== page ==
The Geography of Disability
Bill Bishop/Daily Yonder
More than one out of four working age adults (15 to 64) in Buchanan County, Virginia, was receiving disability payments from Social Security in 2009.
There were nearly 16,000 working age adults in Buchanan, a coal mining county nudged up next to Kentucky and West Virginia. Just over 4,400 were disabled. (To see a chart with the 50 U.S. counties with the largest percentages of disabled working age adults, jump to the next page.)
There were nearly 9.5 million Americans in 2009 who received Social Security disability payments. To qualify, they had to show that they couldn’t work due to a disability and that the disability is expected to last for at least a year. Disability benefits go to people with persistent physical or mental problems, such as cancer, chronic back pain, persistent anxiety and schizophrenia.
The distribution of the disabled is quite unequal, as the map on the next page shows.
While the coal mining region of the Appalachian mountains has a score of counties with more than ten percent of the adult population qualifying for disability payments for Social Security, in other counties, only one to two percent of residents qualify as disabled. In Washington, D.C. — where Social Security is at the center of a national debate on federal spending — only 3.2 percent of adults rely on these kinds of benefits.
There are distinct pockets of high disability rates among working age adults in Alabama and Mississippi, in Maine and in the Ozarks. These are the dark purple areas on the map, where more than 10 percent of the working age population receives a Social Security disability check.
Dark green areas have the lowest levels of disability, under 3.5 percent of the adult population in 2009.
(Click on the map to see a larger version.)
Rural areas are more dependent on disability benefits than are metropolitan areas. Nationally, 4.6 percent of adults received disability benefits through Social Security. In rural America, 7.6 percent of adults receive these payments. In counties with small cities (between 10,000 and 50,000), 6.5 percent of adults qualify.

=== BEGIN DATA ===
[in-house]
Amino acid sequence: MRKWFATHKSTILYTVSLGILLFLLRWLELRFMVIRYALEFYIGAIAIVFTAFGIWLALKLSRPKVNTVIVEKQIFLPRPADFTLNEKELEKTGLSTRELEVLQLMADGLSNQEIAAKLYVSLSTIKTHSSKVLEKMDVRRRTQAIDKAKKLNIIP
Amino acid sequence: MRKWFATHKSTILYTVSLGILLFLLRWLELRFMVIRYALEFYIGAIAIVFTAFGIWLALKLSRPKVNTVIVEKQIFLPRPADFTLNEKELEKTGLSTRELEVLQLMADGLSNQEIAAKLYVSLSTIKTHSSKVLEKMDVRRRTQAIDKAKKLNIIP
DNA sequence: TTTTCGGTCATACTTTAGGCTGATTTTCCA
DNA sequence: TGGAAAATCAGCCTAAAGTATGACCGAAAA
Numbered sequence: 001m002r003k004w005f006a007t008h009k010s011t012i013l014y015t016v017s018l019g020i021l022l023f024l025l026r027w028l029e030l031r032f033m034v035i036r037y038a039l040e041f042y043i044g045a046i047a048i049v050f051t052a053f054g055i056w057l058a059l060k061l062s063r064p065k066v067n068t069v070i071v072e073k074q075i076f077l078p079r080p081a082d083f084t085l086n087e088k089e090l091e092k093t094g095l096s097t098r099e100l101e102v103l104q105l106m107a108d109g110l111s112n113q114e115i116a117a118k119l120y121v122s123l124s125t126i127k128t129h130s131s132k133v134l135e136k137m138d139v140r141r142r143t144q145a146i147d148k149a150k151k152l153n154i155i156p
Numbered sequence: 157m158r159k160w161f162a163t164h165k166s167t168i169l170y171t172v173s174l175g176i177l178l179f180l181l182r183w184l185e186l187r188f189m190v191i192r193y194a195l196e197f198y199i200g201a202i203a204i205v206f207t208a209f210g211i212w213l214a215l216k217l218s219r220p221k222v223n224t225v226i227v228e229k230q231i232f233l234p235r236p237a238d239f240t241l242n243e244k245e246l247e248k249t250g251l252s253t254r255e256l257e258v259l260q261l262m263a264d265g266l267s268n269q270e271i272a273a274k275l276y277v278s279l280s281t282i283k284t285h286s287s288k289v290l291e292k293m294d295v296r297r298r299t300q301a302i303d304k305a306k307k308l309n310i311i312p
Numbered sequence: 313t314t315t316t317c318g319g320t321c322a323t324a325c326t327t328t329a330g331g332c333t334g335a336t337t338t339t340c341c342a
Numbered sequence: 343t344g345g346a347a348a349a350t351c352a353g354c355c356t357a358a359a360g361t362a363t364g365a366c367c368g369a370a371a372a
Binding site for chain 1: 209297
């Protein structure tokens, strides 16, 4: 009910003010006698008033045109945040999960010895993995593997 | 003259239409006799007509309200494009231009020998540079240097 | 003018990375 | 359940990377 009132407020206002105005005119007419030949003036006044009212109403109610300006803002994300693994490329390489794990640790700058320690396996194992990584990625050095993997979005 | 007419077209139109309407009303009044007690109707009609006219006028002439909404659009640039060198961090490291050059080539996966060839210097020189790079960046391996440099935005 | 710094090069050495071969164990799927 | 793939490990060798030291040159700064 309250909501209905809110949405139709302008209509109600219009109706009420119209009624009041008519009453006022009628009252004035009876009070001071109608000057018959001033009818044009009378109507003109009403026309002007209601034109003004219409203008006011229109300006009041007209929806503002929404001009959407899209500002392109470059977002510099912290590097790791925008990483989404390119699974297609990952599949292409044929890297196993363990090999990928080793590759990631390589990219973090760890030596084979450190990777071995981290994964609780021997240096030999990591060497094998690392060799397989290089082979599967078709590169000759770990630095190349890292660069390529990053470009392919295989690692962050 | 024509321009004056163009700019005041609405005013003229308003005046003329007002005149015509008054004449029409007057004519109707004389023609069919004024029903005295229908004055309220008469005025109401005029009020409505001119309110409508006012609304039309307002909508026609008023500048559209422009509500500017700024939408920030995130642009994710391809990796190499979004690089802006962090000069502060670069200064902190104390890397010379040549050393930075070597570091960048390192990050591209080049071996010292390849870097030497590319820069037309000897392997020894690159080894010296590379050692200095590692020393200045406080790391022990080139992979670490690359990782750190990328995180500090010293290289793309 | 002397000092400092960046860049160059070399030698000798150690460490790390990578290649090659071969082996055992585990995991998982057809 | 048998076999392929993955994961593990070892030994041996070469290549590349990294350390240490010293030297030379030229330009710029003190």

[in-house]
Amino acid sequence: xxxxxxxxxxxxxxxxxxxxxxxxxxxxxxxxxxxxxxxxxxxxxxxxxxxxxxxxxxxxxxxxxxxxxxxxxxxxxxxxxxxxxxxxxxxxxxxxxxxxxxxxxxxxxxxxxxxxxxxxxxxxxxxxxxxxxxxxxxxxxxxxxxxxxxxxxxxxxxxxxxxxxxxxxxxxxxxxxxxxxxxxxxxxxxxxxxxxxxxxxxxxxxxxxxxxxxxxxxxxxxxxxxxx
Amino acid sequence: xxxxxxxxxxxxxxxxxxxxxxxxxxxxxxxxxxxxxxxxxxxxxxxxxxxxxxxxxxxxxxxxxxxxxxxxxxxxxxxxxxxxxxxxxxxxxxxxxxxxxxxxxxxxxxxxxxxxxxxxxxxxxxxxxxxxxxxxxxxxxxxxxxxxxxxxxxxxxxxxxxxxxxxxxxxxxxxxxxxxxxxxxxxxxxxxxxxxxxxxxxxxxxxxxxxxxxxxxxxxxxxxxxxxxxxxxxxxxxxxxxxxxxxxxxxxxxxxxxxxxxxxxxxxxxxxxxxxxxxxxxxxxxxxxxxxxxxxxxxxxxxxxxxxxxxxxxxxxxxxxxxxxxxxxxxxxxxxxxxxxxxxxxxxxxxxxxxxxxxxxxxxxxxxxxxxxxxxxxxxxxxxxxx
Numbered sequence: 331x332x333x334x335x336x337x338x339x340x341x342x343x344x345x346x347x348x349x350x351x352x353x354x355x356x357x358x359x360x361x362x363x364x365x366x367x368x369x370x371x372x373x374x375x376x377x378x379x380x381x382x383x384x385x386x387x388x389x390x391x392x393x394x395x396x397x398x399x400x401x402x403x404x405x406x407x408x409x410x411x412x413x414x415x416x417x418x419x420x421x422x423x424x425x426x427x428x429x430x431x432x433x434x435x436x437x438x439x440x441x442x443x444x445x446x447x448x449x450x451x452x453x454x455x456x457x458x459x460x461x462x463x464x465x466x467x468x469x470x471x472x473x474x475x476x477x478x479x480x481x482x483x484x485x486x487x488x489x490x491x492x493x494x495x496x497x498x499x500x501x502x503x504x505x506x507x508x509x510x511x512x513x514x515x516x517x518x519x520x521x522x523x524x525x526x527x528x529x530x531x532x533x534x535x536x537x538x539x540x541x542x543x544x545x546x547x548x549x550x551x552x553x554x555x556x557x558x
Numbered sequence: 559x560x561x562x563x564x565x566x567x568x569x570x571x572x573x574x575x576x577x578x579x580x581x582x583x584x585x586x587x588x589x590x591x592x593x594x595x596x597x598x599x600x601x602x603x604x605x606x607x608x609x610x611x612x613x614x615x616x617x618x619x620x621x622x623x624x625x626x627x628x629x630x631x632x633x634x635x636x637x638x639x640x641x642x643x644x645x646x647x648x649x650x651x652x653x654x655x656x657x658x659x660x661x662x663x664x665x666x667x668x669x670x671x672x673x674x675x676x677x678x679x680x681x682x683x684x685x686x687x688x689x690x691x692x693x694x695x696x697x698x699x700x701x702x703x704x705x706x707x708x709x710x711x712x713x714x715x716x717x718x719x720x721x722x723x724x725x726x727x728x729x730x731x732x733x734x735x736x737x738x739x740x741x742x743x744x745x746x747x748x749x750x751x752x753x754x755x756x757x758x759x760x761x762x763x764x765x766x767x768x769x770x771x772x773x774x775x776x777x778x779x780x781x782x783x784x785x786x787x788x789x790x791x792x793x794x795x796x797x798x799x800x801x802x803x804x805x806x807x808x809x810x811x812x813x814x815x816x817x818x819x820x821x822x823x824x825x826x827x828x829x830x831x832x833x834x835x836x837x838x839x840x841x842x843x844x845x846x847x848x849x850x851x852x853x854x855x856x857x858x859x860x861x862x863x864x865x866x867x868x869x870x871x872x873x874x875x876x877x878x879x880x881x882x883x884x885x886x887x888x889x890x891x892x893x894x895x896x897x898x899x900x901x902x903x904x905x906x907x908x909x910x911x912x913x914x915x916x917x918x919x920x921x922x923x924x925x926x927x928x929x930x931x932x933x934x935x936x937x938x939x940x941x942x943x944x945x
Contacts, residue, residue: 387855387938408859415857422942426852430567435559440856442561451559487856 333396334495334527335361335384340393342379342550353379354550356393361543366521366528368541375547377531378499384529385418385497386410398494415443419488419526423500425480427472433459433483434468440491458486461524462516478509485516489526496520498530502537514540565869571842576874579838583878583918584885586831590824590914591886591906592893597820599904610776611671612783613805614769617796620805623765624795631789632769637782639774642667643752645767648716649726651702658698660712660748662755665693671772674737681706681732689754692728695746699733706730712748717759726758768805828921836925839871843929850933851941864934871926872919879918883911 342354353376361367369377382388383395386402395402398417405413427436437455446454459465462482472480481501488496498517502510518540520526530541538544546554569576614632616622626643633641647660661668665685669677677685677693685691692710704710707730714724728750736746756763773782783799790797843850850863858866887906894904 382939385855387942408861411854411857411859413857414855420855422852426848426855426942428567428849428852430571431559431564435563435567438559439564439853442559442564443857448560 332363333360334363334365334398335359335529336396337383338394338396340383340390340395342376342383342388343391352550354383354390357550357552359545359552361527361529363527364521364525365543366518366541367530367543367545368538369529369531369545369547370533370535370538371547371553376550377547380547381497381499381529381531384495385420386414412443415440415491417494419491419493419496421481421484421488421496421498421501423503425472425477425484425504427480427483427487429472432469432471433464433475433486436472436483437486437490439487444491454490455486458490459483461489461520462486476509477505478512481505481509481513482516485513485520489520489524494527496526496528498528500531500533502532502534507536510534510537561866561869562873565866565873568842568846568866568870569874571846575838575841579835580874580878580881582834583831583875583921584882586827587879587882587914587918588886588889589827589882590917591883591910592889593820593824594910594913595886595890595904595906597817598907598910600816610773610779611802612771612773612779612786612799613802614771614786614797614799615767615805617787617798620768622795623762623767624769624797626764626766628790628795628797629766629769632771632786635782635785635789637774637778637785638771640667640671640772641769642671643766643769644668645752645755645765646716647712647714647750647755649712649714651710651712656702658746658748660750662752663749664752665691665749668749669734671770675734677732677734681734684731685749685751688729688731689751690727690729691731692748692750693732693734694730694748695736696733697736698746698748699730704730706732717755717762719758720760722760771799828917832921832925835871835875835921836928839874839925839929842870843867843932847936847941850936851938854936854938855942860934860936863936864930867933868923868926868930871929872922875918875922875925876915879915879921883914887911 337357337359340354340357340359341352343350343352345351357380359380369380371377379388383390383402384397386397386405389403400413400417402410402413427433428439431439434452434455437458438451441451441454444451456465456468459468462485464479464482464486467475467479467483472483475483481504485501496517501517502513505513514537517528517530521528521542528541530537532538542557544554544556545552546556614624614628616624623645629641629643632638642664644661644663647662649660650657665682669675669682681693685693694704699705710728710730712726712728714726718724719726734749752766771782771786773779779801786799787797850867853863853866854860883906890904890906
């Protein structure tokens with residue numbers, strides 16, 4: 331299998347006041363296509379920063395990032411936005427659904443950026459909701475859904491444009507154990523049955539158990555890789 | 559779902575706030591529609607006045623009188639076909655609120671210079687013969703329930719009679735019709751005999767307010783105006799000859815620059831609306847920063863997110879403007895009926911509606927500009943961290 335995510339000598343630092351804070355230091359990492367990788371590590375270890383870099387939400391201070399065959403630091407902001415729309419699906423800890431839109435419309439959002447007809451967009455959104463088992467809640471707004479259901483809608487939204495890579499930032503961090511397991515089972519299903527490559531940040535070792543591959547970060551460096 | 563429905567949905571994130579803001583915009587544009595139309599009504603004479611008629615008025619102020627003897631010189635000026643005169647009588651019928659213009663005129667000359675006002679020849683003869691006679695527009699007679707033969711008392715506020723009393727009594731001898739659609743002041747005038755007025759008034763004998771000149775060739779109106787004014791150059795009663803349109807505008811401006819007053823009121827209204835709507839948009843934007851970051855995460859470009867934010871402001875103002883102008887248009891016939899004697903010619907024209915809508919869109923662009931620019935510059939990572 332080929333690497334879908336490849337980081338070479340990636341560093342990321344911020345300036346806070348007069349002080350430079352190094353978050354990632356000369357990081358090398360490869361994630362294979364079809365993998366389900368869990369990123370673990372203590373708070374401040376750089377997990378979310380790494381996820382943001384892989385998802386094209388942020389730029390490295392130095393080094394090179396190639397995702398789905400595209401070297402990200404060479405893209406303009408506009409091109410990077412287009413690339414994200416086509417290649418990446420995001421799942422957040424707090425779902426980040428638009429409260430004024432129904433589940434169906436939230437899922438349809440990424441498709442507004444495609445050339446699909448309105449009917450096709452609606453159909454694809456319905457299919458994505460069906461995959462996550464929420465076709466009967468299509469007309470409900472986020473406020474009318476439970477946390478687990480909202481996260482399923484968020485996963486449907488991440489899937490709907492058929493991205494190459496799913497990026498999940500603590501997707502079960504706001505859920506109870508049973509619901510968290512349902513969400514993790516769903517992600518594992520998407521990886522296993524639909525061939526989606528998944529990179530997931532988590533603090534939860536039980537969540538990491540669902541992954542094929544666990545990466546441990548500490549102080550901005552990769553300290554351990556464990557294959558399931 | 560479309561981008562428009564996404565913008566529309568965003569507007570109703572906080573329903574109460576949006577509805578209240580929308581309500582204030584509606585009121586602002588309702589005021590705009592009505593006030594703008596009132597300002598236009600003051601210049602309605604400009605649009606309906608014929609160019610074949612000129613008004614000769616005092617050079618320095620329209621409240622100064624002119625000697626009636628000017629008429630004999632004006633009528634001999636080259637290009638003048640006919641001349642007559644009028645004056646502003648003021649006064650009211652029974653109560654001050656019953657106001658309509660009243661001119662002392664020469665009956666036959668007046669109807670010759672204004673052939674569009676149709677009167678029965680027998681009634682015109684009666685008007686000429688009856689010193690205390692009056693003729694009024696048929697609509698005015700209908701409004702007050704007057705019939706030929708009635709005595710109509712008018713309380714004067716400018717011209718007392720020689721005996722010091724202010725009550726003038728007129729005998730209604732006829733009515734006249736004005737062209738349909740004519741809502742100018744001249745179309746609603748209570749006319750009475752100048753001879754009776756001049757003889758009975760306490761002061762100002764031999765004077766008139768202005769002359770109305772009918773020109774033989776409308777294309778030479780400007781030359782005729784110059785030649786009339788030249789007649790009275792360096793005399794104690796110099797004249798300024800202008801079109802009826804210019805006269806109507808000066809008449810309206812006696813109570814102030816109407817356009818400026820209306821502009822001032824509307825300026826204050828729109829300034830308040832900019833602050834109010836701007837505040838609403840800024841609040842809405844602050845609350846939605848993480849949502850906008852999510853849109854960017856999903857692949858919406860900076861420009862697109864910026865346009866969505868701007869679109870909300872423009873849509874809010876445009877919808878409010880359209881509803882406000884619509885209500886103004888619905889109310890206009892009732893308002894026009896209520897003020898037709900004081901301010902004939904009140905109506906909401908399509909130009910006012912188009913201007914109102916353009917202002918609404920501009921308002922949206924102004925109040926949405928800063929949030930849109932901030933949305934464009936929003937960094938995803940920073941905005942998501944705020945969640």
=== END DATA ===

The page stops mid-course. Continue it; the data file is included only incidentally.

In metropolitan counties, however, the disability rate among adults is 4.2 percent in 2009.
The rates of disability also vary widely by state. The chart below lists the states (and Washington, D.C.) in descending order of disability rates. West Virginia had the highest percentage of working age adults qualified for disability in 2009, 9.6 percent.
In Utah, only 2.8 percent of adults received a disability check in 2009 — only a third of the rate found in West Virginia, Arkansas and Kentucky.
Here are the 50 states and the District of Columbia ranked according to the percent of their working age populations receiving Social Security disability payments.
The Social Security disability program started in 1957 as a way to help people who can’t work because of health problems. There has been a surge of applicants to the program over the last decade. There were 6.6 million beneficiaries in 2000. By 2009, there were 9.6 million.
The average monthly benefit in 2009 was $1,064.
Currently, the disability fund is kept separate from retirement benefits and has a much smaller cushion of reserves.
Disability payments are concentrated in counties where the jobs require manual labor and where unemployment is traditionally high. Mining and timbering are major industries in many of the counties with the highest percentages of disability beneficiaries. These are also counties with historically high rates of unemployment.
Below is a list of the 50 counties in the country with the highest percentages of working age adults receiving Social Security disability benefits in 2009. Only three of the 50 are urban counties. Five contain small cities. The other 42 of the top 50 are rural.